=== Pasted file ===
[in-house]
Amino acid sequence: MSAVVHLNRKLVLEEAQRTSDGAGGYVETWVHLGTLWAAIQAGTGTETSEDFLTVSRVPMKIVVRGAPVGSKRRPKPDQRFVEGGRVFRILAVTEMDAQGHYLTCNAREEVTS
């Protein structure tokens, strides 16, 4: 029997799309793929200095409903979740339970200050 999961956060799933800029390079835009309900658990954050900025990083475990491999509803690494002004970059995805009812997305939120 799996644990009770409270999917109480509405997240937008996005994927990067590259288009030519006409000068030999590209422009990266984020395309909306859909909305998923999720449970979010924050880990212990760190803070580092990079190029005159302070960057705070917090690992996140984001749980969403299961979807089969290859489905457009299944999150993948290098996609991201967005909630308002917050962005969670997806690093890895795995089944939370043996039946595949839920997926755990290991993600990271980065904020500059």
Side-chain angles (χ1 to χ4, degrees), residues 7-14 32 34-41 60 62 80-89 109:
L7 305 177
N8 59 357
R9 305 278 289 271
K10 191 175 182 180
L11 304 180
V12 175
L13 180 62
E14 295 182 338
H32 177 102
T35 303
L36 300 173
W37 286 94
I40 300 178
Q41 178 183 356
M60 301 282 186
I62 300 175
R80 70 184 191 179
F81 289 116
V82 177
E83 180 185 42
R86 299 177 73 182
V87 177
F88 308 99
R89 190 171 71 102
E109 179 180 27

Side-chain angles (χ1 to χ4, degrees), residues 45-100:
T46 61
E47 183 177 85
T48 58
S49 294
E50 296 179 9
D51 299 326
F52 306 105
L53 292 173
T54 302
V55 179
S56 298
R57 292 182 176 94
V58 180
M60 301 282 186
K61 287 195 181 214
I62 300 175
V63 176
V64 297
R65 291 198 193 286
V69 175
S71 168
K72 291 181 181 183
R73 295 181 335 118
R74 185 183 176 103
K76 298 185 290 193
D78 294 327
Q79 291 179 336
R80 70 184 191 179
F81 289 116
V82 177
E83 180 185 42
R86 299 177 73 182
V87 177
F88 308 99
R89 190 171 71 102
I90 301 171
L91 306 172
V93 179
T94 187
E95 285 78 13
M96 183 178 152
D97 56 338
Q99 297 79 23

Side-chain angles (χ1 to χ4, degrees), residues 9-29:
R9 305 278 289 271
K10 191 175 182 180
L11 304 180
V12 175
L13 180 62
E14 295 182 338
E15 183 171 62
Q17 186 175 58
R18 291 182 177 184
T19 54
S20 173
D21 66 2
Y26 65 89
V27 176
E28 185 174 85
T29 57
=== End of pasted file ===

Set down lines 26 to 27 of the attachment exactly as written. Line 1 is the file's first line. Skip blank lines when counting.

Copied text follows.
V87 177
F88 308 99